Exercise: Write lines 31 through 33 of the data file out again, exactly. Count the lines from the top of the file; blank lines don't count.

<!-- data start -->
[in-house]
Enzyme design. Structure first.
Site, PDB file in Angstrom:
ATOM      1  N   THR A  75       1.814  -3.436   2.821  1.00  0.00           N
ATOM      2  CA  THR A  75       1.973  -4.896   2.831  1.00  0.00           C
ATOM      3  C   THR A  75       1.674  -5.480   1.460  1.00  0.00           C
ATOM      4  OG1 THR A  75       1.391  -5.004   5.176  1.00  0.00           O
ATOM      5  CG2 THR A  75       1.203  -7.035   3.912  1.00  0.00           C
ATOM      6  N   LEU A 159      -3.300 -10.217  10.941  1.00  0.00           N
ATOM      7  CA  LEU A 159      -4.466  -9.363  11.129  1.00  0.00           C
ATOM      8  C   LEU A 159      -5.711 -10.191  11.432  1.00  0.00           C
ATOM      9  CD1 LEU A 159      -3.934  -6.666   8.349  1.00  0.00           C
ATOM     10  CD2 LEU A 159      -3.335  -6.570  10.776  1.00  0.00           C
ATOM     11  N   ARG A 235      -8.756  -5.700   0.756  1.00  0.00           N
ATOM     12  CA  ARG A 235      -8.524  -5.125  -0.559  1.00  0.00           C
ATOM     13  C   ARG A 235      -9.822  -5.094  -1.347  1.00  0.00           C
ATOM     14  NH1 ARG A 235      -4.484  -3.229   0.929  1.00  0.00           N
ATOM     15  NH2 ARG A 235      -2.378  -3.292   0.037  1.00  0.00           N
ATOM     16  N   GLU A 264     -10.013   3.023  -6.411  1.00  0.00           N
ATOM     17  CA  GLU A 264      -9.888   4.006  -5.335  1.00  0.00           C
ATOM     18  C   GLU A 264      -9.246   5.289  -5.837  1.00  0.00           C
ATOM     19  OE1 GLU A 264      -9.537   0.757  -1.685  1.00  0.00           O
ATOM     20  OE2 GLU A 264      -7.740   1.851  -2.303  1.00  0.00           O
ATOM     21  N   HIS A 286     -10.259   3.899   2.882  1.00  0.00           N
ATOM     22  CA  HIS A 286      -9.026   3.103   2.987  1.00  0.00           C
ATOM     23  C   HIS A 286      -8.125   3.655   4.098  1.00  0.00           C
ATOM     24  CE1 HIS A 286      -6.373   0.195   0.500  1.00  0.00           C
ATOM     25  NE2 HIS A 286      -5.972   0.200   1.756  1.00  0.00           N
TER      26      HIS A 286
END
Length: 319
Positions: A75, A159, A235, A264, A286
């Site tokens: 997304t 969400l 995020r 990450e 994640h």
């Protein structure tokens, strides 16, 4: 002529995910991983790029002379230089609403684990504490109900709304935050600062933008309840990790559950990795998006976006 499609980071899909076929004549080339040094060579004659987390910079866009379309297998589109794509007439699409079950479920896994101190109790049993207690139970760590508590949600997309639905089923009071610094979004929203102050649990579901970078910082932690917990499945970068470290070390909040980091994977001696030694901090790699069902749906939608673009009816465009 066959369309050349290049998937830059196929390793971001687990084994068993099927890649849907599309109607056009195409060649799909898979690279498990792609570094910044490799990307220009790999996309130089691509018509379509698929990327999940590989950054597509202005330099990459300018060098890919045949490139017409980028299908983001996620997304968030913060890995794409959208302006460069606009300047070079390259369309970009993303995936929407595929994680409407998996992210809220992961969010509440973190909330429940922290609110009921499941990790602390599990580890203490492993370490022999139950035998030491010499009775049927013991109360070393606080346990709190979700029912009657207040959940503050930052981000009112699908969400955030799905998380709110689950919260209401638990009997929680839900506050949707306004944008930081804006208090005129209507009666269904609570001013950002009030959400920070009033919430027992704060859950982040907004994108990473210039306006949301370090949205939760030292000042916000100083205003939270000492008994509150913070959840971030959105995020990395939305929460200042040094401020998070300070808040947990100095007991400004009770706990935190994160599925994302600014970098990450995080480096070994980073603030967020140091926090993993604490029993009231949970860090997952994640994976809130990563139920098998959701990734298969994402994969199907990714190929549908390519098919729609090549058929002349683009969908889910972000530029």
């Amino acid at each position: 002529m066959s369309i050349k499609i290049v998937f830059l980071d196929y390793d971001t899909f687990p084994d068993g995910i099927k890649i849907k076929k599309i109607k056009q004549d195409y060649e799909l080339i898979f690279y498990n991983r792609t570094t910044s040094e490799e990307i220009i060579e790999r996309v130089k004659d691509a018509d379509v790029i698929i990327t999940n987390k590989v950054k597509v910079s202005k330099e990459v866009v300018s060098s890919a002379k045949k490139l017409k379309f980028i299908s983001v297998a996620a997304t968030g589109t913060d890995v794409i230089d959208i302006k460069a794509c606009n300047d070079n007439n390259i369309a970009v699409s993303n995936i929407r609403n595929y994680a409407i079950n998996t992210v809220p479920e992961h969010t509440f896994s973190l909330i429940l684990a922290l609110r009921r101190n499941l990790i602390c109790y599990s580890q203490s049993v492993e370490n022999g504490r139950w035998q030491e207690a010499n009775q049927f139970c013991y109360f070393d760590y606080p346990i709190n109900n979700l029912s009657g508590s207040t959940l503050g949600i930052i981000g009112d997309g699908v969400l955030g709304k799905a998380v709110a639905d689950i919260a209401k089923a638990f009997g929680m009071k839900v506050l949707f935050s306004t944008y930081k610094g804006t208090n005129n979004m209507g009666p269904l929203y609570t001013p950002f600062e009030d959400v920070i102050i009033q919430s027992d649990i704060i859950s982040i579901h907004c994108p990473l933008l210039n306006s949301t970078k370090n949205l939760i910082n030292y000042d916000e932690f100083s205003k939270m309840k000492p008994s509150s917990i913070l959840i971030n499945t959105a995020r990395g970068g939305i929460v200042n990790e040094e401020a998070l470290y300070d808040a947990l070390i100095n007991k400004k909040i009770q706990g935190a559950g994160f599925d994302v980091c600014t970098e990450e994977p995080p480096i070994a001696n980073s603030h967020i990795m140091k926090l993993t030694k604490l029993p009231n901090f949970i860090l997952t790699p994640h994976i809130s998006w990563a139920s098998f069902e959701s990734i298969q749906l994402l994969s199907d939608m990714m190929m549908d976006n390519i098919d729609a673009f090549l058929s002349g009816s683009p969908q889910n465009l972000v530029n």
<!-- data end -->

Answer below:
Length: 319
Positions: A75, A159, A235, A264, A286
């Site tokens: 997304t 969400l 995020r 990450e 994640h």